Influence of anesthesia on cerebral blood flow, cerebral metabolic rate, and brain functional connectivity.
BONHOMME, Vincent ; BOVEROUX, Pierre ; HANS, Pol et al
in Current Opinion in Anaesthesiology (2011), 24(5), 474-9
PURPOSE OF REVIEW: To describe recent studies exploring brain function under the influence of hypnotic anesthetic agents, and their implications on the understanding of consciousness physiology and ... [more ▼]
PURPOSE OF REVIEW: To describe recent studies exploring brain function under the influence of hypnotic anesthetic agents, and their implications on the understanding of consciousness physiology and anesthesia-induced alteration of consciousness. RECENT FINDINGS: Cerebral cortex is the primary target of the hypnotic effect of anesthetic agents, and higher-order association areas are more sensitive to this effect than lower-order processing regions. Increasing concentration of anesthetic agents progressively attenuates connectivity in the consciousness networks, while connectivity in lower-order sensory and motor networks is preserved. Alteration of thalamic sub-cortical regulation could compromise the cortical integration of information despite preserved thalamic activation by external stimuli. At concentrations producing unresponsiveness, the activity of consciousness networks becomes anticorrelated with thalamic activity, while connectivity in lower-order sensory networks persists, although with cross-modal interaction alterations. SUMMARY: Accumulating evidence suggests that hypnotic anesthetic agents disrupt large-scale cerebral connectivity. This would result in an inability of the brain to generate and integrate information, while external sensory information is still processed at a lower order of complexity. [less ▲]Detailed reference viewed: 40 (7 ULg)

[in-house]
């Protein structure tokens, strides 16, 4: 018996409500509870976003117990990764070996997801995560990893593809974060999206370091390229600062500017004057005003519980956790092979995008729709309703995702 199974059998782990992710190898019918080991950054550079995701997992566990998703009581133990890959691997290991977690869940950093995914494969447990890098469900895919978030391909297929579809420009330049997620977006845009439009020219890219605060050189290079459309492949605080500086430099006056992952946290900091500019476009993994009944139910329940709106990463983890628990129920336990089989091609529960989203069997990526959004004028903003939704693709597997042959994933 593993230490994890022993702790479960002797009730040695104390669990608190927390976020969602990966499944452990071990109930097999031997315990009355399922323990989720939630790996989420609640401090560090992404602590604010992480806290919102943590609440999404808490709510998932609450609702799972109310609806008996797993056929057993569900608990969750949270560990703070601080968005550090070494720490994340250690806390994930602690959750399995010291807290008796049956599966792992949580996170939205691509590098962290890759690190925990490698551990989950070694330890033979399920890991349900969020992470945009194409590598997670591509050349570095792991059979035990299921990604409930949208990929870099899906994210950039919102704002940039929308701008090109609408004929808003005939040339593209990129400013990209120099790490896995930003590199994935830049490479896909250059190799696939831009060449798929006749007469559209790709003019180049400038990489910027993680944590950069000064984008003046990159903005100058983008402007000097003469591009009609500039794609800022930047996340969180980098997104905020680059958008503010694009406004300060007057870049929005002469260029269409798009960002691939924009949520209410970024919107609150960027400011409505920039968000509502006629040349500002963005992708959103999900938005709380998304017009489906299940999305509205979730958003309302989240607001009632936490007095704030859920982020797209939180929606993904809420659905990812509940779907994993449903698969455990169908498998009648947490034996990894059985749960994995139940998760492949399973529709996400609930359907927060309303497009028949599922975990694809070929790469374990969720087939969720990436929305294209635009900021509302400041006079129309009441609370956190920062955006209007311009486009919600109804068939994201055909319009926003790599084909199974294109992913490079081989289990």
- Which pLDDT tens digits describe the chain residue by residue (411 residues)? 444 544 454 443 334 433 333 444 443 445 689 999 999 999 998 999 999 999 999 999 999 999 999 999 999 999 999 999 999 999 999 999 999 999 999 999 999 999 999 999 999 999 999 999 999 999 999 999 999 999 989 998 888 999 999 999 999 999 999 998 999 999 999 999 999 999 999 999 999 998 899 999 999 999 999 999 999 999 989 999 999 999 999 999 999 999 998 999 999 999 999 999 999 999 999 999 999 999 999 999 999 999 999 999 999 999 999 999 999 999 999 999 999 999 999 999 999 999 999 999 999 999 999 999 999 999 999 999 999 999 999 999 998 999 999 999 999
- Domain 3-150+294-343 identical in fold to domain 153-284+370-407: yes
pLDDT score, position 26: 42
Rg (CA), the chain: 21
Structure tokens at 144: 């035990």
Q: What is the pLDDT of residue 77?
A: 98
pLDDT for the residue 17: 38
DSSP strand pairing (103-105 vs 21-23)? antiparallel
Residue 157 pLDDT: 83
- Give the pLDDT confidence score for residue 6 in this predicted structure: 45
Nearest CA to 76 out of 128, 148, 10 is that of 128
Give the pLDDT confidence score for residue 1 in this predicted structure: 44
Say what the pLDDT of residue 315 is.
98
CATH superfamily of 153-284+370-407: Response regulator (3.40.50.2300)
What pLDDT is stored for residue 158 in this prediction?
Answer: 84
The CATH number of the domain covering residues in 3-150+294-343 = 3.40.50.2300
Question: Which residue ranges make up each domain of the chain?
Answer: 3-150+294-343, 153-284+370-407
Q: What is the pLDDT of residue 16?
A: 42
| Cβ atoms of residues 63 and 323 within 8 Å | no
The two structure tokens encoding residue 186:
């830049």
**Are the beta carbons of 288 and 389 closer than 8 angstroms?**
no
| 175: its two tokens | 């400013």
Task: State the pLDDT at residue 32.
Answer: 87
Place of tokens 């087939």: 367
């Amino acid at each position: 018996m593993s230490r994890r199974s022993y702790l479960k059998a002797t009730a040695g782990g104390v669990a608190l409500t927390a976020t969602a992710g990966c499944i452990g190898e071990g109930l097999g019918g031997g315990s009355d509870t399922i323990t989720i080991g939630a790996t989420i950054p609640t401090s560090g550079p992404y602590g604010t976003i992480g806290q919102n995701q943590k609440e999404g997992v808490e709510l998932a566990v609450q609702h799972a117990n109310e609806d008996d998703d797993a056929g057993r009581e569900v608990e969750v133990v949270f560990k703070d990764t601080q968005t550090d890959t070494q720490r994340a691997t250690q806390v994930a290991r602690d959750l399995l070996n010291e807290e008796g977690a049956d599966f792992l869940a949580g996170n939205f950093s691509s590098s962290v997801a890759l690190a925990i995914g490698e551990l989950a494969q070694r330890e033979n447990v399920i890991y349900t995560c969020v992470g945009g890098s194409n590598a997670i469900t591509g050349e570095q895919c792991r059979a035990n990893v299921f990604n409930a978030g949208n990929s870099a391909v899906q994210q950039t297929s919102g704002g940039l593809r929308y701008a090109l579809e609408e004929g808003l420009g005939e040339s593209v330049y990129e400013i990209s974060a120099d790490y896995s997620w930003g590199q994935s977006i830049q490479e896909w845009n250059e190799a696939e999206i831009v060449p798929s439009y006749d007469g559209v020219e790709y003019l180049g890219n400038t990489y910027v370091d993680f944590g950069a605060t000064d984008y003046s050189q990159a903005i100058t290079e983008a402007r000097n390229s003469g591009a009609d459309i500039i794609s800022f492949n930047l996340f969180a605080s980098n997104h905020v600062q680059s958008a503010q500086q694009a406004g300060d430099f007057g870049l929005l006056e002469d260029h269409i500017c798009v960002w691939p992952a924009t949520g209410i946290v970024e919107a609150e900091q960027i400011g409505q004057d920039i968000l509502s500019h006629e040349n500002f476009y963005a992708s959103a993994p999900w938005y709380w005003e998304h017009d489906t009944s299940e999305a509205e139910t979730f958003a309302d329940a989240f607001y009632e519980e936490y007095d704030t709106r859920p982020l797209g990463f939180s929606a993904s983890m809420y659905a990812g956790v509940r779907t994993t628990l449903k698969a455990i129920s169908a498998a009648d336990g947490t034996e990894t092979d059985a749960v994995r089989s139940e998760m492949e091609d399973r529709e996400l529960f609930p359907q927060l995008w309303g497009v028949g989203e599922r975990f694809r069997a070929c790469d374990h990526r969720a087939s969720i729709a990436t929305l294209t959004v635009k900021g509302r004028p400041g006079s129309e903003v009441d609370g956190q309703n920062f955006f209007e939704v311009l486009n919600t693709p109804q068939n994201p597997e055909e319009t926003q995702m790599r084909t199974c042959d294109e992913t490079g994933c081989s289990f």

Unexpected entropy response to saline spraying at the end of posterior fossa surgery: a few cases report.
; BONHOMME, Vincent ; et al
in Acta anaesthesiologica Belgica (2011), 62(2), 87-90
The Spectral Entropy proposed to monitor the depth of anesthesia includes the State Entropy (SE) computed from the EEG (0.8-32 Hz frequency band), and the Response Entropy (RE) computed from EEG and ... [more ▼]
The Spectral Entropy proposed to monitor the depth of anesthesia includes the State Entropy (SE) computed from the EEG (0.8-32 Hz frequency band), and the Response Entropy (RE) computed from EEG and facial muscles activity (0.5-47 Hz frequency band). We report an unexpected Entropy response to saline spraying at the end of posterior fossa surgery. Six patients undergoing scheduled functional surgery of the posterior fossa were included in this report. They were anesthetized with propofol and remifentanil using TCI and received an intubation dose of rocuronium. At the end of surgery, saline spraying, performed for hemostatic purpose and wreckage elimination, resulted in a sustained increase in RE and SE without hemodynamic modification in four patients, while no change was observed in the two other ones. In one of the responding patients, 0.1 mg kg(-1) rocuronium attenuated the Entropy response. In the two non responders, repetition of spraying or rocuronium administration did not change Entropy value. Recovery from anesthesia was comparable in all patients and none of them complained from awareness. We conclude that Entropy can increase during posterior fossa surgery in non-paralyzed patients. This response probably reflects an increase in facial muscle activity rather than a change in depth of anesthesia, as far as it can be attenuated by a small dose of rocuronium. While this hypothesis requires further investigation, these observations suggest that saline spraying may confound interpretation of Entropy during posterior fossa surgery. [less ▲]Detailed reference viewed: 8 (3 ULg)